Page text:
The Die Mannschaft legend can’t understand why “one of the best players in the Bundesliga” isn’t getting the chance to play for his country
Lothar Matthaus has been baffled by Jadon Sancho’s lack of minutes at Euro 2020, while joking that Germany would be happy to give the England star a passport.
Sancho was left out of Gareth Southgate’s squad for England’s opening game against Croatia, and watched on from the bench as an unused substitute against Scotland before making a late cameo against the Czech Republic.
The Three Lions managed to set up a last-16 clash against Germany by finishing top of Group D, but have only scored twice so far due to a lack of risk-taking in the final third, and Matthaus cannot understand why Sancho’s talents are not being utilised.
What’s been said?
“He was one of the best players in the Bundesliga for the last two years,” The Germany legend has said of the Borussia Dortmund winger.
“If he is not good enough for England, we would like to give him a German passport! It has surprised many in Germany.”
Sancho has emerged as one of the top young players in Europe since joining Dortmund from Manchester City in 2017, scoring 50 goals in 137 games while setting up a further 64 for his team-mates.
The 21-year-old, who helped BVB finish fourth in the Bundesliga and win the DFB-Pokal last term, also boasts eight goal involvements in his first 20 games as a senior England international, despite only 10 of those coming as a starter.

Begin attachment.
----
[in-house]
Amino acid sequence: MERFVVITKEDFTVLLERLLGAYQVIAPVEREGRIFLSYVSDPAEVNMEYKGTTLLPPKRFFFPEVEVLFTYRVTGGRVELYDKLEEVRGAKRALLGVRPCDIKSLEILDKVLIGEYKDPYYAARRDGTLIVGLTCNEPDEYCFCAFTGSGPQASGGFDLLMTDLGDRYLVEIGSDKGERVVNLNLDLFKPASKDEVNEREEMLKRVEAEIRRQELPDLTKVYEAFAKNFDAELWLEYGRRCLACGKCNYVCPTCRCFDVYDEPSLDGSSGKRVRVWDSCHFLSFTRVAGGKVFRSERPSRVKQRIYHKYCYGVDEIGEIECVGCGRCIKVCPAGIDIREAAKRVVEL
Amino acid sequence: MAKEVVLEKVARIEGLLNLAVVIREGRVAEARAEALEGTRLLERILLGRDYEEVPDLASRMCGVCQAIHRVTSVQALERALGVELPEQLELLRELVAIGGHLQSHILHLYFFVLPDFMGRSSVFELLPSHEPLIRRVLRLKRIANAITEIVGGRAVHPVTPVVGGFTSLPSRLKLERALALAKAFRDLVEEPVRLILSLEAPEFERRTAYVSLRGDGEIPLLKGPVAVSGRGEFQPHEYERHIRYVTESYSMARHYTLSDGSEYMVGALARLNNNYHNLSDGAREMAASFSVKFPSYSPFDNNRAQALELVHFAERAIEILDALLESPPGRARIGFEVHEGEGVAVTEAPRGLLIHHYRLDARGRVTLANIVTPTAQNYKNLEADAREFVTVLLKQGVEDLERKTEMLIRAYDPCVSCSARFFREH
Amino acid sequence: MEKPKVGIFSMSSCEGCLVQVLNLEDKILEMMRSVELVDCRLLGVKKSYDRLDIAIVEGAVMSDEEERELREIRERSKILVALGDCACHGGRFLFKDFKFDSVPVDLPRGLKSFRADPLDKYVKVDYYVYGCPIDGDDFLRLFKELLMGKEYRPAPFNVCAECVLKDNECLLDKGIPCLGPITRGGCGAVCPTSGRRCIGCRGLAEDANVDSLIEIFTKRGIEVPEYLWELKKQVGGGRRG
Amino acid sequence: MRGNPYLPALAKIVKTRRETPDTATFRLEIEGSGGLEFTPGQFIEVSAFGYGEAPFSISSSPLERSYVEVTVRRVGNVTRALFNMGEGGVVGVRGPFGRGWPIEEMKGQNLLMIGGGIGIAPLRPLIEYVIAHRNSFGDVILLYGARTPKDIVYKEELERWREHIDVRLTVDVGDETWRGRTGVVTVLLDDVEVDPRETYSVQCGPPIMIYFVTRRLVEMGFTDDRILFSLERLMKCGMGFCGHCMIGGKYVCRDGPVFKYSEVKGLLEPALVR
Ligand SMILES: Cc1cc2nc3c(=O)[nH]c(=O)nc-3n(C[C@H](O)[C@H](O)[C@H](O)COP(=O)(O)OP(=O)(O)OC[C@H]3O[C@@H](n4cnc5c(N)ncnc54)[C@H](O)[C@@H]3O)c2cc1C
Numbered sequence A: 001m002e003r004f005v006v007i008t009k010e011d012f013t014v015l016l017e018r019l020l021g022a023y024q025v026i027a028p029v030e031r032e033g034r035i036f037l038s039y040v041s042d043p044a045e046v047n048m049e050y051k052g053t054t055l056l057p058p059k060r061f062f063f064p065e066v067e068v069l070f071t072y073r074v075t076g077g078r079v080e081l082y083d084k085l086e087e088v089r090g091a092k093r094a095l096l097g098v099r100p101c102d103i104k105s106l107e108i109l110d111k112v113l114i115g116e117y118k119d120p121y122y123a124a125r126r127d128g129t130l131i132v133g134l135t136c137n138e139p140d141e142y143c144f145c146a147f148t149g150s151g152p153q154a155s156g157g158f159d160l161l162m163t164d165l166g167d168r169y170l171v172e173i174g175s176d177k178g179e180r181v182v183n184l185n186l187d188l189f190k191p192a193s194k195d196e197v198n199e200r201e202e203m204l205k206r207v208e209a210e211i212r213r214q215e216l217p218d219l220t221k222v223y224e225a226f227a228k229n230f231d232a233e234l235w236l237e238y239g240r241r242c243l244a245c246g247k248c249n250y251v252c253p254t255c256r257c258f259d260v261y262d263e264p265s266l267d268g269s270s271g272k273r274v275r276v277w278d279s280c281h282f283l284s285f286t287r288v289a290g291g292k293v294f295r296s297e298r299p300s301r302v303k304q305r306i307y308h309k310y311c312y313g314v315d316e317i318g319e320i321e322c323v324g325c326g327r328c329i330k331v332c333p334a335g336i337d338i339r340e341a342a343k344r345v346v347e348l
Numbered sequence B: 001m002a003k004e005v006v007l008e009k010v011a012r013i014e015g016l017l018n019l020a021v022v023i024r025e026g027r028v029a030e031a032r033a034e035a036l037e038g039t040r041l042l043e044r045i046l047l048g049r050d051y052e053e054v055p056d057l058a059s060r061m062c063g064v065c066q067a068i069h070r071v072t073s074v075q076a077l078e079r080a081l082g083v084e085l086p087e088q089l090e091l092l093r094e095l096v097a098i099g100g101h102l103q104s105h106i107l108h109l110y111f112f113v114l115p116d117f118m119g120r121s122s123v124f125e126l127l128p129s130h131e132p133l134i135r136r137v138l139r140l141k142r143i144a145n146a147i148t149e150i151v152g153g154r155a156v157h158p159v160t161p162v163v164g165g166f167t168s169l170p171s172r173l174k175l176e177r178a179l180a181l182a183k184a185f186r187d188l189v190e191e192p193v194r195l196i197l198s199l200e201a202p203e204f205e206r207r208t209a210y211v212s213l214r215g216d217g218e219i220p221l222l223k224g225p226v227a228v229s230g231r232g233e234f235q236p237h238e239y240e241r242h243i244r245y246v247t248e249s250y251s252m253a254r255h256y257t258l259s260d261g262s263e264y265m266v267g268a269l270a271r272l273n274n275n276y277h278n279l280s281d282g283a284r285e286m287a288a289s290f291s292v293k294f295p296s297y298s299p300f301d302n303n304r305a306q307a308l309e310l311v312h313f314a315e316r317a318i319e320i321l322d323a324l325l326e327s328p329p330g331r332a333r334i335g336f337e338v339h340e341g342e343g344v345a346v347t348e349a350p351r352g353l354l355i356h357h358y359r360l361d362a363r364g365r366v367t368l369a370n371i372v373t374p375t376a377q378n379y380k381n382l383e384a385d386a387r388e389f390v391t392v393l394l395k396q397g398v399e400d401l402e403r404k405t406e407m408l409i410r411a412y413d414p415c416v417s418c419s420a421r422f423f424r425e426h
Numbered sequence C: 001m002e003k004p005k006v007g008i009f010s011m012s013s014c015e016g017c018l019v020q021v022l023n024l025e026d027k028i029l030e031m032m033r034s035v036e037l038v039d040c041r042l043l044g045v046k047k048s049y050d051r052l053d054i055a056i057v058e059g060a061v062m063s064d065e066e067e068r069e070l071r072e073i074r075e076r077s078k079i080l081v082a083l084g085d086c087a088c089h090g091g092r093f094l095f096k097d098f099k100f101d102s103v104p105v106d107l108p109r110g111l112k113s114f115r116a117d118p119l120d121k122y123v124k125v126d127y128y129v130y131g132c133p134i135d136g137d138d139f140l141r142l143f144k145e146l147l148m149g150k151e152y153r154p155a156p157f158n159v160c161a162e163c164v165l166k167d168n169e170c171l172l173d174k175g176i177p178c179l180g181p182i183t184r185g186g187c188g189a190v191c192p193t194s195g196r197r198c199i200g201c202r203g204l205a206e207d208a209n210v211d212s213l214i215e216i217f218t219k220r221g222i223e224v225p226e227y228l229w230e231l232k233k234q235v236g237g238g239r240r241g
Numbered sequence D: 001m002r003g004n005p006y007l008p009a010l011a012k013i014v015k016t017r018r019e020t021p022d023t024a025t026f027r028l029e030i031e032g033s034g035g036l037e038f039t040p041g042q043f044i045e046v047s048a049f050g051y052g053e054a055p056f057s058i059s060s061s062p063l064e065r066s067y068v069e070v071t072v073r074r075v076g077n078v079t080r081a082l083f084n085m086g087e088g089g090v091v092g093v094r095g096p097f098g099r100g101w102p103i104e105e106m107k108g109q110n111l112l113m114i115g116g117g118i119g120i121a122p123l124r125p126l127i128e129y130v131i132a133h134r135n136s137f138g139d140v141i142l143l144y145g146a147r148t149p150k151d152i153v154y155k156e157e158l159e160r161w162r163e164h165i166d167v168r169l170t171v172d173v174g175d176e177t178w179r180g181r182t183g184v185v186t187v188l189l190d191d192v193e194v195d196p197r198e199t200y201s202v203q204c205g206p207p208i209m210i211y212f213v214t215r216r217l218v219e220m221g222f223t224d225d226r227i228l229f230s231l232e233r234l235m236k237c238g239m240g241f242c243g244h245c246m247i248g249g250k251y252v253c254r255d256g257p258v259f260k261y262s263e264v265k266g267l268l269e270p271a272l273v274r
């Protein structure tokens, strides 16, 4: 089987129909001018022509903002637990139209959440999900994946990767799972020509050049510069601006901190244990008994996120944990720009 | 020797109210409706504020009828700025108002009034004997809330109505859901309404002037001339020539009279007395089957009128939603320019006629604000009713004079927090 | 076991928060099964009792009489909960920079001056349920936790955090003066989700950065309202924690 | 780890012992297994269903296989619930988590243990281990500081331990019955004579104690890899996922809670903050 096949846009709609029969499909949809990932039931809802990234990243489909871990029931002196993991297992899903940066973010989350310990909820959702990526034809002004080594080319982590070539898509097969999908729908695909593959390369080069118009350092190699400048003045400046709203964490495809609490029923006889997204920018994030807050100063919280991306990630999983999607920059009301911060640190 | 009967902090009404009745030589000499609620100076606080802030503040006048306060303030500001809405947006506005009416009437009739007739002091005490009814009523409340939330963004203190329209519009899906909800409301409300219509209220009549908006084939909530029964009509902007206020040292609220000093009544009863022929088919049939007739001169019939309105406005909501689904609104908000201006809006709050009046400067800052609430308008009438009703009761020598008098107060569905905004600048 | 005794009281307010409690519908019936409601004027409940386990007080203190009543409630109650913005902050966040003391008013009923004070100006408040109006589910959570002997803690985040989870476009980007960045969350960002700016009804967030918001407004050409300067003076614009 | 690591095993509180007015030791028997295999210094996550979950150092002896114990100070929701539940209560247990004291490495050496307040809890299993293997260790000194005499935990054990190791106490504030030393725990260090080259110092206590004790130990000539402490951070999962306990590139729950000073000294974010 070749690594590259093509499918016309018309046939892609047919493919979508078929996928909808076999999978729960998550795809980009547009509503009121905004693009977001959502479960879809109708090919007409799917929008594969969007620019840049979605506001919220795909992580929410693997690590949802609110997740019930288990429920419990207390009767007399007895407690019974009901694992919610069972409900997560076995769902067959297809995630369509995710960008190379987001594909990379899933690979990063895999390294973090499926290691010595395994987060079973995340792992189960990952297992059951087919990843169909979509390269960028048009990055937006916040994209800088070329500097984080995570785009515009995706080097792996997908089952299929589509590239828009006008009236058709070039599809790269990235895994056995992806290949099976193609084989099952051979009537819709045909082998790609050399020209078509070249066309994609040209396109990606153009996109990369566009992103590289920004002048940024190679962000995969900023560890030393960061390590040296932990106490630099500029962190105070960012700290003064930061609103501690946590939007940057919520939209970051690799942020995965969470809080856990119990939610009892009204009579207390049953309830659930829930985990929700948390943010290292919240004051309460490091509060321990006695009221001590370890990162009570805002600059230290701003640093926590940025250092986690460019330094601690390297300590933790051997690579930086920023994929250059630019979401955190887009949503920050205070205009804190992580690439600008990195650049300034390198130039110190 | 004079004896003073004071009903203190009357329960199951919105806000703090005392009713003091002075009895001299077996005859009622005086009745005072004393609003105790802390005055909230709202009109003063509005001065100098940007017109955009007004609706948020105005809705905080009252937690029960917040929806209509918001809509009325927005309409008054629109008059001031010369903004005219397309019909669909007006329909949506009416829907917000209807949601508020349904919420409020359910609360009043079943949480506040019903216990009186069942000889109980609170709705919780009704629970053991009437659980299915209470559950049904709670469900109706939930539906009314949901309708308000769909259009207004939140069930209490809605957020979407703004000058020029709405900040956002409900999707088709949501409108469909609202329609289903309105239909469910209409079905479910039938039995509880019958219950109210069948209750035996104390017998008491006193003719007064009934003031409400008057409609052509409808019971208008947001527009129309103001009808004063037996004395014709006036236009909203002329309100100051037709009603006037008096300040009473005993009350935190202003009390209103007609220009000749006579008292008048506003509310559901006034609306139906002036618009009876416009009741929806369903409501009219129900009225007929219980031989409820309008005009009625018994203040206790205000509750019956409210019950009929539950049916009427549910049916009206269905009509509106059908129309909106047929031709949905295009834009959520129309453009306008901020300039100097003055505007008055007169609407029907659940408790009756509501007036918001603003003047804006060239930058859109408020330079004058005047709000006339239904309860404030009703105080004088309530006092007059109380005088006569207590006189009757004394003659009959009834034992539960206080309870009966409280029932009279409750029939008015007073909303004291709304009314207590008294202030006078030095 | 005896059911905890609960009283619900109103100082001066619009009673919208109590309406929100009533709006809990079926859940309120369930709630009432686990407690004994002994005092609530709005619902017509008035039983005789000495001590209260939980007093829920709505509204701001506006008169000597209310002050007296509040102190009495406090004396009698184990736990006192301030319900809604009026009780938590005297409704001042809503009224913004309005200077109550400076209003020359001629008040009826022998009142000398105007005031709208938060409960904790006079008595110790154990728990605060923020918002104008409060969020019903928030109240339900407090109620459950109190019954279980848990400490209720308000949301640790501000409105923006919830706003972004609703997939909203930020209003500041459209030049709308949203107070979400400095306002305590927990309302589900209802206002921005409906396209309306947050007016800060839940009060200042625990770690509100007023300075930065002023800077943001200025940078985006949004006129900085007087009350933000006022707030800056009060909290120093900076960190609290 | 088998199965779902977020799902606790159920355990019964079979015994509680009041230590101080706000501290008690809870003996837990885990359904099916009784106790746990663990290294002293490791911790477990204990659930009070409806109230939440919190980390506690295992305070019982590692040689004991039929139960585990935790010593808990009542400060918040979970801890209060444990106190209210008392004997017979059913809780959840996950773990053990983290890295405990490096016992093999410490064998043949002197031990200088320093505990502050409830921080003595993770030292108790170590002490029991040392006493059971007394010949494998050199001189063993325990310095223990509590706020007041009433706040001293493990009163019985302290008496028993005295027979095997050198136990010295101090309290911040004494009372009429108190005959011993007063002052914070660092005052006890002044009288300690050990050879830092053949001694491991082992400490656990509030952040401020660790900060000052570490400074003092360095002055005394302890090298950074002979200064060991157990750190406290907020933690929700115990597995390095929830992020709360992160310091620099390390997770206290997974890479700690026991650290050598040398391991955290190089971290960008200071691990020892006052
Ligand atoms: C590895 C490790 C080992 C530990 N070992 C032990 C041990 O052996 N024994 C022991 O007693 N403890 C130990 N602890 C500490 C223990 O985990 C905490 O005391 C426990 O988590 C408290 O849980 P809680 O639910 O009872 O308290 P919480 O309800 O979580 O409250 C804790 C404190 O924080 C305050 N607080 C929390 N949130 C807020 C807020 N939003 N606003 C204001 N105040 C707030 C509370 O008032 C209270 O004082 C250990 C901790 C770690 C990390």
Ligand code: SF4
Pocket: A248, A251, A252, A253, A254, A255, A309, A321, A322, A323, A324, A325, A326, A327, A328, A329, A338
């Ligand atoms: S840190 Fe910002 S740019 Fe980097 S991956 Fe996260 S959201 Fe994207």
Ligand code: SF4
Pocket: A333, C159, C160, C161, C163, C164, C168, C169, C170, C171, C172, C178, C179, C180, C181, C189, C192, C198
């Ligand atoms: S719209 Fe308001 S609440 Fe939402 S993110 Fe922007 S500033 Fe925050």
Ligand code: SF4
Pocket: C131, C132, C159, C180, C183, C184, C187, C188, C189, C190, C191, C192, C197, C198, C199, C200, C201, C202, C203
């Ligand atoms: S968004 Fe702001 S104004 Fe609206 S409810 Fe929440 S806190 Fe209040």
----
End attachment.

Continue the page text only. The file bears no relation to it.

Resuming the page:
Matthaus’ penalty warning for England
England and Germany have had many memorable battles down the years, with the Germans coming out on top in dramatic circumstances more often than not.
Matthaus was part of the German side that beat the Three Lions on penalties in the 1990 World Cup semi-finals, and thinks history will repeat itself if Tuesday’s clash at Wembley has to be decided by spot kicks.
“England have a chance to win – but not with penalty kicks,” he said. “If it goes to penalties, Germany will win, so England have to do it inside 120 minutes.
“We are always very good with penalties. It’s always a little bit of a joke between the Germans and the English but if it goes to a shootout then we are the favourites.
“You start to think about what has happened in the last 30 or 40 years. When we played in 1990 and 1996…
“It’s a lot of pressure for the English players because they read every day in the newspapers all the stories about penalties.”